City of London facilities, programs and services, except for essential services, will be closed on Thursday, September 30 in observance of National Day for Truth and Reconciliation.
In London, 21 natural areas are currently designated Environmentally Significant Areas or ESAs. These areas exist within both agricultural and urban settings, on public and private property, and include wetlands, forests and meadows as well as valleylands and significant wildlife habitat. The City funds a contract with the Upper Thames River Conservation Authority (UTRCA) to manage over 750 hectares of public owed ESA land in London.
To help preserve the natural environment please adhere to the following rules when visiting London's ESAs:
Environmentally Significant Areas (ESAs) have beautiful natural features and perform ecological functions that warrant their protection in a natural state. City-owned ESAs have a purpose and function distinct from City parks as governed by the Official Plan. The City, in partnership with the Upper Thames River Conservation Authority (UTRCA), manages our ESAs. Many existing Adopt-an-ESA groups are welcoming new members to participate in local stewardship.
Stewardship of your adopted ESA can include:
Access to nature for all Londoners is provided in ESAs. Many trails in ESAs are fully accessible and all boardwalks and signs in ESA are designed to meet accessibility standards as they are replaced.
All anglers between ages 18 and 64 must posses a valid fishing licence. People not in this age group do not require a licence, but have all the rights and responsibilities of people with a licence. Visitors from outside the province require a non-resident licence.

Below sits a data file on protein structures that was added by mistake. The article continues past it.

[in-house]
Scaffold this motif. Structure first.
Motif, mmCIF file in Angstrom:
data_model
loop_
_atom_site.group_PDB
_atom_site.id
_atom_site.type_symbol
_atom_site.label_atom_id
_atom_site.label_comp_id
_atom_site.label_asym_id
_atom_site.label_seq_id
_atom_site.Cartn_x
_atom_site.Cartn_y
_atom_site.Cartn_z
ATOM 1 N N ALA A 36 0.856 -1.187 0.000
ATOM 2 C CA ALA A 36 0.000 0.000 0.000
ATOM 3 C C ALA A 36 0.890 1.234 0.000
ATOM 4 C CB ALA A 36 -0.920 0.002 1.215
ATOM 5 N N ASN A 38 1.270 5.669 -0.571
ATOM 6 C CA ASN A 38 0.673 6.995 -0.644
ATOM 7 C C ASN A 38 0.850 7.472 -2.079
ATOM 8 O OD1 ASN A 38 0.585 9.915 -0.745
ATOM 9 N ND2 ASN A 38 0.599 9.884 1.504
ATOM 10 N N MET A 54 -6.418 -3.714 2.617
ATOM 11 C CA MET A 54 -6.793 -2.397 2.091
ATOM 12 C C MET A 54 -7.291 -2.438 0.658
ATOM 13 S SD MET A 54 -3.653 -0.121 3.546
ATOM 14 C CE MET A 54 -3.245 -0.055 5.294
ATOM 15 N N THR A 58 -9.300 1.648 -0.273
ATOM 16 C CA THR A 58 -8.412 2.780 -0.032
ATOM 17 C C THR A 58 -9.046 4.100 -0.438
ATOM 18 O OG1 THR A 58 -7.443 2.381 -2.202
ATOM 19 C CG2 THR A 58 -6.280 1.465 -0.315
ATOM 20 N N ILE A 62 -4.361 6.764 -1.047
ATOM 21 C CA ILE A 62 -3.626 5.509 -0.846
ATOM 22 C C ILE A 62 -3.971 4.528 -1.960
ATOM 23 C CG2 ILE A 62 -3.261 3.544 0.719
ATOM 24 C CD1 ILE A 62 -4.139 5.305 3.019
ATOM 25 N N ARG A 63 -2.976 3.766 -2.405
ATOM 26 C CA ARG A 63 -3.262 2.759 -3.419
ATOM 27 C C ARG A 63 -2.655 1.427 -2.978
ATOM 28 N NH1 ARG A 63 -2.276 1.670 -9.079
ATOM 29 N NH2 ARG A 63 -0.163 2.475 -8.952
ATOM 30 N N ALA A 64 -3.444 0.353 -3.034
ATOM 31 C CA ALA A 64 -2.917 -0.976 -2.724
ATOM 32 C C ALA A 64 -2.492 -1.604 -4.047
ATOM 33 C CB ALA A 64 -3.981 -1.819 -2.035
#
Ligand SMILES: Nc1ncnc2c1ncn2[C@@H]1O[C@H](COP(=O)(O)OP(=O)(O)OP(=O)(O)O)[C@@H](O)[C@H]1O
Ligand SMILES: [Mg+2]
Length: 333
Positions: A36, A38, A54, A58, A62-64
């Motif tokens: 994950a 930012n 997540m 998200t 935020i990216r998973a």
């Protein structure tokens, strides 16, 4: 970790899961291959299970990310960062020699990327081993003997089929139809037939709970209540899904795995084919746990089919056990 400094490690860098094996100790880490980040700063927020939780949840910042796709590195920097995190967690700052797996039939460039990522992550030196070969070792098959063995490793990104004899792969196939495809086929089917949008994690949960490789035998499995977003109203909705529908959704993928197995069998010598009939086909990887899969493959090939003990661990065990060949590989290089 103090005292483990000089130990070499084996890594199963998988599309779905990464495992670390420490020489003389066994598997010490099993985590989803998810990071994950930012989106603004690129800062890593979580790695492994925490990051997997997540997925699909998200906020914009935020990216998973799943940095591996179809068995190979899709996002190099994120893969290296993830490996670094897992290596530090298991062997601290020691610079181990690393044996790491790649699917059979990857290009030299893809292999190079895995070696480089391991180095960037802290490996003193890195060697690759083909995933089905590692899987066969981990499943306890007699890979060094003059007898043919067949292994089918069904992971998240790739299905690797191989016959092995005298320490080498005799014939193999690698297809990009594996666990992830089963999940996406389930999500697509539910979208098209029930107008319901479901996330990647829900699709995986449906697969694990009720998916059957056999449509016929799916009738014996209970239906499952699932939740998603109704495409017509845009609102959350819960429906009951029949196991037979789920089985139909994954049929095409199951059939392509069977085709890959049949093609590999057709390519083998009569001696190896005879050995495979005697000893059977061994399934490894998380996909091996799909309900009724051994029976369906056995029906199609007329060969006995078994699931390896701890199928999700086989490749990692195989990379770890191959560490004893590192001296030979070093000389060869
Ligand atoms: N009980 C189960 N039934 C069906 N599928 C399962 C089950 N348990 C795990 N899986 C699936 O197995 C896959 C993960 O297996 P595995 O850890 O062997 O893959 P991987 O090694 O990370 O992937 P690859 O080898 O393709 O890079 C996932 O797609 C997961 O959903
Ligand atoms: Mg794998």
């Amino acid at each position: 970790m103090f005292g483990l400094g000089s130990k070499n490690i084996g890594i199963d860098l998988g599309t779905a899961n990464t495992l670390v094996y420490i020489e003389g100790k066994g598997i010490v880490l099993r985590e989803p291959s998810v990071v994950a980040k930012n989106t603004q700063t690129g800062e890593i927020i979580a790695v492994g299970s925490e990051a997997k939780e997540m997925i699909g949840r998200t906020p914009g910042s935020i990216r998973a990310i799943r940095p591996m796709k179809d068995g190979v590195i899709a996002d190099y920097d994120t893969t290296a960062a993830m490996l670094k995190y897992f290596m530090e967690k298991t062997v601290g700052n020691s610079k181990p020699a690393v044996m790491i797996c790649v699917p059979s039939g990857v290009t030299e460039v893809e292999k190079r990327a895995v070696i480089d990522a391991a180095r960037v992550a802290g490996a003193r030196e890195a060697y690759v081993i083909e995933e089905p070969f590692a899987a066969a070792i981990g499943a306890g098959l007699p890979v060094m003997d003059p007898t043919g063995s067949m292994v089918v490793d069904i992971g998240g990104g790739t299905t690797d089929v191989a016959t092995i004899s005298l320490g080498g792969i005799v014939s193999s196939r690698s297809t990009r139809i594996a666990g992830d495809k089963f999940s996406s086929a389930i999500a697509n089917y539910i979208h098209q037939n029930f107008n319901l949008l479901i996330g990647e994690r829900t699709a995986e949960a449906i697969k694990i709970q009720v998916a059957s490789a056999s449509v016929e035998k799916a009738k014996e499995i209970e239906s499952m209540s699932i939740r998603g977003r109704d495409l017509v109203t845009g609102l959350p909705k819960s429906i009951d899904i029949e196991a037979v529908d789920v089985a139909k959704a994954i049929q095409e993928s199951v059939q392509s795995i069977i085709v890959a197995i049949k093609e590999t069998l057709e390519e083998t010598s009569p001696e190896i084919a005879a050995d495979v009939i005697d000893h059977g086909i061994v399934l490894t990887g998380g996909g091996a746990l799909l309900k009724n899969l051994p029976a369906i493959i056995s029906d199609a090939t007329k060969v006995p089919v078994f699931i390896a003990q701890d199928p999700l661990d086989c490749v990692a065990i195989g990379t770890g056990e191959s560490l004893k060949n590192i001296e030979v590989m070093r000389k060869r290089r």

The Fish and Paddle Guide is a brochure produced by Fanshawe College students enrolled in the GIS and Urban Planning School of Design. This guide is sponsored by Upper Thames River Conservation Authority, London Community Foundation, Tourism London, London’s Paddling Shop and Angling Sports Inc.
Pick up a copy of the brochure at these locations:
London is located within two main watersheds:
These two main watershed areas can be subdivided further into subwatersheds which surround our local creeks and streams. Each subwatershed can be further analyzed by looking at the stormwater drainage system that leads all the way to your home and property. We are all connected to the river.
The Thames River water quality is sampled on a regular basis as part of a monitoring program at 10 locations. Monitoring is also conducted on a number of creeks in the City of London on a monthly basis.
Water quality in the Thames River has improved significantly since river monitoring was initiated in 1963, but there is still work to do. Residents can help by making sure that only rain goes down the drain outside, and our catchbasins stay free and clear of chemicals and waste.
Coyote sightings are common within and around natural areas within the City of London.
To help protect and enhance environmentally significant areas, conservation master plans are prepared to provide direction on the management of these high quality natural areas. The City is currently undertaking an update to these conservation master plans:
Input is currently being sought on the Medway Valley Heritage Forest Conservation Master Plan. Please visit the City's Get Involved engagement website for more information.